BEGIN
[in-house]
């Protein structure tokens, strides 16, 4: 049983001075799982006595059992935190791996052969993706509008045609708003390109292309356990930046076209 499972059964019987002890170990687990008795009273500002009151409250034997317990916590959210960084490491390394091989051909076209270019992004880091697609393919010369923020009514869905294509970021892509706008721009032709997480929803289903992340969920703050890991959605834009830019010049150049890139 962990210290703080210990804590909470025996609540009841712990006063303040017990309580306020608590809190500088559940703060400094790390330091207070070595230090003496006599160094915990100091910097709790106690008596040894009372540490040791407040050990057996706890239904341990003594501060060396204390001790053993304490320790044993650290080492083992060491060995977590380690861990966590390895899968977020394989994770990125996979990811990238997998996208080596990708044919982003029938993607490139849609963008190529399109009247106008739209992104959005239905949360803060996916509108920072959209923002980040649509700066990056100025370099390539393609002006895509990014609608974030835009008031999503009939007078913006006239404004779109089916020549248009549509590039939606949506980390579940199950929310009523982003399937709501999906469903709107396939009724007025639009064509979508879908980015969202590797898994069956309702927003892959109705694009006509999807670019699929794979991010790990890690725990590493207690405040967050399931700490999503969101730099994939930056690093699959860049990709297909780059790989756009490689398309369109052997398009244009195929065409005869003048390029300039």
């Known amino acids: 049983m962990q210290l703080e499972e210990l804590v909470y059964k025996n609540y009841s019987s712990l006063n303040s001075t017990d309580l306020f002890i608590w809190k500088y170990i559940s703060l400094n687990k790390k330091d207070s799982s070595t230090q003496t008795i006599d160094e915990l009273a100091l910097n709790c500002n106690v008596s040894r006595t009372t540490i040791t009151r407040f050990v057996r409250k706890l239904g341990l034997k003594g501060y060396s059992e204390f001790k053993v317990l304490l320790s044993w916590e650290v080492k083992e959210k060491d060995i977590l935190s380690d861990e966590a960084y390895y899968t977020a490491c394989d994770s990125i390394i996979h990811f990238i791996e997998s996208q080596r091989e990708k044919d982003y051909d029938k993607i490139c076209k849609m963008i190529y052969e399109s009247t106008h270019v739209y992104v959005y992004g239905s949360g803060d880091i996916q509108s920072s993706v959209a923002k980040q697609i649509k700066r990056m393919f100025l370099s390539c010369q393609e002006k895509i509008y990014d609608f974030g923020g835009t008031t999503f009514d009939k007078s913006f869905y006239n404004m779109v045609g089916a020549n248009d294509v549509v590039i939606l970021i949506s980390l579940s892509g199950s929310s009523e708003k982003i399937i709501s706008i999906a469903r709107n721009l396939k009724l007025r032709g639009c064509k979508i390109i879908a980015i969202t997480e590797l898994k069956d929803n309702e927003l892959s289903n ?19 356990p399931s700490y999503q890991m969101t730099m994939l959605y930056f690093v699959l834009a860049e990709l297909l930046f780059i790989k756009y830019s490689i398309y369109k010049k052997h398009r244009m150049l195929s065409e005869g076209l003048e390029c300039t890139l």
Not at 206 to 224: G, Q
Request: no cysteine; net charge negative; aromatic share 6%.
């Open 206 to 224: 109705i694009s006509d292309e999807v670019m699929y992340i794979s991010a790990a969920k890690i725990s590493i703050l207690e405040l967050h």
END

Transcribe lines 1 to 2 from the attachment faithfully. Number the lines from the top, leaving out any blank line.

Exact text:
[in-house]
């Protein structure tokens, strides 16, 4: 049983001075799982006595059992935190791996052969993706509008045609708003390109292309356990930046076209 499972059964019987002890170990687990008795009273500002009151409250034997317990916590959210960084490491390394091989051909076209270019992004880091697609393919010369923020009514869905294509970021892509706008721009032709997480929803289903992340969920703050890991959605834009830019010049150049890139 962990210290703080210990804590909470025996609540009841712990006063303040017990309580306020608590809190500088559940703060400094790390330091207070070595230090003496006599160094915990100091910097709790106690008596040894009372540490040791407040050990057996706890239904341990003594501060060396204390001790053993304490320790044993650290080492083992060491060995977590380690861990966590390895899968977020394989994770990125996979990811990238997998996208080596990708044919982003029938993607490139849609963008190529399109009247106008739209992104959005239905949360803060996916509108920072959209923002980040649509700066990056100025370099390539393609002006895509990014609608974030835009008031999503009939007078913006006239404004779109089916020549248009549509590039939606949506980390579940199950929310009523982003399937709501999906469903709107396939009724007025639009064509979508879908980015969202590797898994069956309702927003892959109705694009006509999807670019699929794979991010790990890690725990590493207690405040967050399931700490999503969101730099994939930056690093699959860049990709297909780059790989756009490689398309369109052997398009244009195929065409005869003048390029300039």